Urban Institute
Training and Technical Assistance Manager

Pay for success and systems thinking

June 14, 2016 - 2:54pm

“We are living in a complex, fast-changing world.”

“It’s time to break down the silos.”

These are messages being heard across the social sector, and they’ve forced a reexamination of how we think about and tackle social issues. Systems thinking, a way of thinking and working used to examine and address the root causes of complex social problems, offers one way to wrangle with this complexity and collaborate more effectively by breaking down silos that prevent systems change.

A lot of recent discussion about systems thinking is thanks to MIT management professor Peter Senge’s seminal work The Fifth Discipline, required reading for anyone interested in how organizations learn, grow, and perform. As Senge puts it, “The quest [of systems thinking] is to look at a problem more comprehensively.” In addition, as described by Senge and author David Peter Stroh, systems thinking:

  • Emphasizes examining and understanding entire systems—the environment around the issue (e.g., chronic homelessness or high recidivism rates) that includes key stakeholders, organizations, resources, relationships, related issue areas, etc.—in order to find an appropriate solution, rather than just relying on one organization or stakeholder’s perception of the problem;
  • Calls on each stakeholder to acknowledge their role in creating the existing system and perpetuating the existing problem, instead of looking for others to change in order to create solutions;
  • Examines and seeks to improve the relationships between stakeholders and their problem solving activities, instead of simply maximizing how effectively each stakeholder carries out their role.

Through these mechanisms, systems thinking expands our understanding of the underlying issues fueling complex social problems, and sets us up to address them more effectively through enhanced collaboration and organizational responsibility. Systems thinking is already embedded in the pay for success (PFS) model in multiple ways:

  • PFS is designed to address complex social problems. Existing PFS projects tackle issues as complex and diverse as homelessness, juvenile recidivism, and maternal and child health. All of these issues require a deeper look at the surrounding environment and challenging stakeholder views in order to be solved.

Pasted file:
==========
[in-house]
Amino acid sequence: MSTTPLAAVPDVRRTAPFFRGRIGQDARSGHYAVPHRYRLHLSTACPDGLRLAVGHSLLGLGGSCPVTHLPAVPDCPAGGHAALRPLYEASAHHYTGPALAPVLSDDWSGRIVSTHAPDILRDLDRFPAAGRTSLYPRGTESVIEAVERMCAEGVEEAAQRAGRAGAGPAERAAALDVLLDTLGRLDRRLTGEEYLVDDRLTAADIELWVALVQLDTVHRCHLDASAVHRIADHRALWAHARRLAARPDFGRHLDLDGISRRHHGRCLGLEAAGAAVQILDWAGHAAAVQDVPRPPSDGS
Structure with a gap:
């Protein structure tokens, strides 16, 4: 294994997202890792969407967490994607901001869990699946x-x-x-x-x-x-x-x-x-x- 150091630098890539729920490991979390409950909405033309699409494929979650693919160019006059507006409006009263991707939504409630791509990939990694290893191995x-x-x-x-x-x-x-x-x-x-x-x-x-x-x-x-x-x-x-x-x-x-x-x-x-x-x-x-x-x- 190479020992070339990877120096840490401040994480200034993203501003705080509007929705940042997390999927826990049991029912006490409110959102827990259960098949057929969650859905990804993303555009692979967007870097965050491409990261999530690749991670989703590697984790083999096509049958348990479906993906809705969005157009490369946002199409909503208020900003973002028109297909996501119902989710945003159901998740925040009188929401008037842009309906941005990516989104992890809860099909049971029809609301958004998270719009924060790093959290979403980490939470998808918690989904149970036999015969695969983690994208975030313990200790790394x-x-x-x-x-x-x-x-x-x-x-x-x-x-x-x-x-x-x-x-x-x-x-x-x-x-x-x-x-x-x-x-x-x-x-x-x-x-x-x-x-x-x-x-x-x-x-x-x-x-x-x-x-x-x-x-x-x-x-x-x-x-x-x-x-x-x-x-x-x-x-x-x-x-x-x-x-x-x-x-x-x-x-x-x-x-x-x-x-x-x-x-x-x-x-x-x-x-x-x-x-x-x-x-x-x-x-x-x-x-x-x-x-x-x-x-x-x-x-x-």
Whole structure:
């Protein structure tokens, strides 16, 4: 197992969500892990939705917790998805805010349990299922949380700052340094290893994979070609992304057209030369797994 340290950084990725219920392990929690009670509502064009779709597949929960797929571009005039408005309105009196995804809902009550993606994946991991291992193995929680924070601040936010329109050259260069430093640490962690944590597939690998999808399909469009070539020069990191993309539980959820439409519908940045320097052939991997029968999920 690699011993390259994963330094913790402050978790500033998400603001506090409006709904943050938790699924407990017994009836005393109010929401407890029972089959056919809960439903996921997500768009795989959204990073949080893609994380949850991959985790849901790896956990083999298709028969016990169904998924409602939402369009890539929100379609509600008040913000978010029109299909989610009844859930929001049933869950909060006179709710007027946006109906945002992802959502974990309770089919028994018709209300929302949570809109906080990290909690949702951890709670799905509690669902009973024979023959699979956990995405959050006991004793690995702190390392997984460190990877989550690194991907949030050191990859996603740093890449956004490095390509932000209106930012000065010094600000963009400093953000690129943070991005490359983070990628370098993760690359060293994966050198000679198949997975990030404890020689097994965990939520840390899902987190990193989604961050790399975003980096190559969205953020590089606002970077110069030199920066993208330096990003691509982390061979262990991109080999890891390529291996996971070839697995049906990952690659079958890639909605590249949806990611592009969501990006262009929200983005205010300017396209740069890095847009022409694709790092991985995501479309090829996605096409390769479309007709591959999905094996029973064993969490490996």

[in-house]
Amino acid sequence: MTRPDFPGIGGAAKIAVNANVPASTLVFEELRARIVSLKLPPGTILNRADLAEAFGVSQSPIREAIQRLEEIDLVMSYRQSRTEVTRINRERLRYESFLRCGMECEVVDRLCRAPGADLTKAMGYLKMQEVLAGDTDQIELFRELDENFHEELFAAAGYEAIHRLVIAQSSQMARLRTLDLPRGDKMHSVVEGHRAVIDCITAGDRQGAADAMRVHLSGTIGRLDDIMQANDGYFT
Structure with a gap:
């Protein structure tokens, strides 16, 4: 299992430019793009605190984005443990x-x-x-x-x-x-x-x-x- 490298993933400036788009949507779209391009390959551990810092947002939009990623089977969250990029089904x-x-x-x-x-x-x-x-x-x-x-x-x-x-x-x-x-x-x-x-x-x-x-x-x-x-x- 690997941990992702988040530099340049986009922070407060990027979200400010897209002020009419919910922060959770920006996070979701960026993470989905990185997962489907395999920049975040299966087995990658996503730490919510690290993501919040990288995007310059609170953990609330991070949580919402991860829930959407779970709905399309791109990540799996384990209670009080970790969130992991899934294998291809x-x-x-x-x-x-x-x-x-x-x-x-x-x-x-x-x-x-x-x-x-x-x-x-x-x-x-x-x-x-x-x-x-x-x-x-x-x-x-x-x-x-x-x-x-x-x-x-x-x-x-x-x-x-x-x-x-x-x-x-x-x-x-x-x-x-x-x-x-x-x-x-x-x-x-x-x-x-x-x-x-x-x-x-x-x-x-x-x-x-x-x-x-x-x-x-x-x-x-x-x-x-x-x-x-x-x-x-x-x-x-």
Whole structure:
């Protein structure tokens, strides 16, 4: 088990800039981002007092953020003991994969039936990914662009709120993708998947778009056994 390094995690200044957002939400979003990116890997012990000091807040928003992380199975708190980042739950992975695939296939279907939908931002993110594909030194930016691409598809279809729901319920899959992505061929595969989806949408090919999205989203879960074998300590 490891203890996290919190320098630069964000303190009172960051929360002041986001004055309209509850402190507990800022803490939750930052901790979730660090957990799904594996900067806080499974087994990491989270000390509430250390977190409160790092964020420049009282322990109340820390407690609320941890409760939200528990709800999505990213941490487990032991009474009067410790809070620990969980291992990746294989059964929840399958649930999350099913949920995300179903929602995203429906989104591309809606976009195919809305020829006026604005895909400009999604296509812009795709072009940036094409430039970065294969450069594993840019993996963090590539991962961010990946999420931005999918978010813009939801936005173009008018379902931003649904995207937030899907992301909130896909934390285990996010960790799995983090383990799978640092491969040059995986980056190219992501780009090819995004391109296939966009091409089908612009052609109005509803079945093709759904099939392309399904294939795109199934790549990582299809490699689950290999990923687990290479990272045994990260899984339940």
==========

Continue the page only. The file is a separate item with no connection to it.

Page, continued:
• PFS engages multiple stakeholders. Successful PFS projects require that multiple actors with diverse motivations come together to discuss a social problem. In order for this collaboration to be effective, each stakeholder must have a sense of their ambitions and what a good outcome looks like for them, as well as the ability to communicate these ideas effectively. This collaboration is not only needed to get the project off the ground, but it can also benefit the community for years to come as stakeholders form relationships and identify other possible areas for collaboration.

  • (Most) PFS projects use data to assess current systems. Systems thinking tells us that each of us carries around our own mental model that determines how we see the world. This model is shaped by our individual and organizational perspectives and experiences. The existence—and inherent conflict—between these many different mental models among individuals and organizations makes gathering data crucial to understanding reality. Data collection and analysis is vital in many phases of PFS, but it is especially important at the beginning when selecting an appropriate problem to solve, and during the evaluation design and implementation phases.

  • (Most) PFS projects set up opportunities for continuous learning. Rather than evaluate success once a project is over, many existing PFS projects measure outcomes at designated intervals throughout the life of the project. This allows for earlier success payments (which investors and governments prefer) and, even more importantly, allows for opportunities to receive and respond to data-based feedback, creating an opportunity for continuous improvement that helps the service provider improve their performance as well as their understanding of how their model works.

Systems thinking, with its focus on strengthening stakeholder connections, data-driven examination of the root causes of problems, and orientation toward learning, can drive PFS projects to new heights. Existing and future projects should take advantage of the PFS model’s system orientation to make change that endures far into the future. 

As an organization, the Urban Institute does not take positions on issues. Scholars are independent and empowered to share their evidence-based views and recommendations shaped by research. Photo via Shutterstock.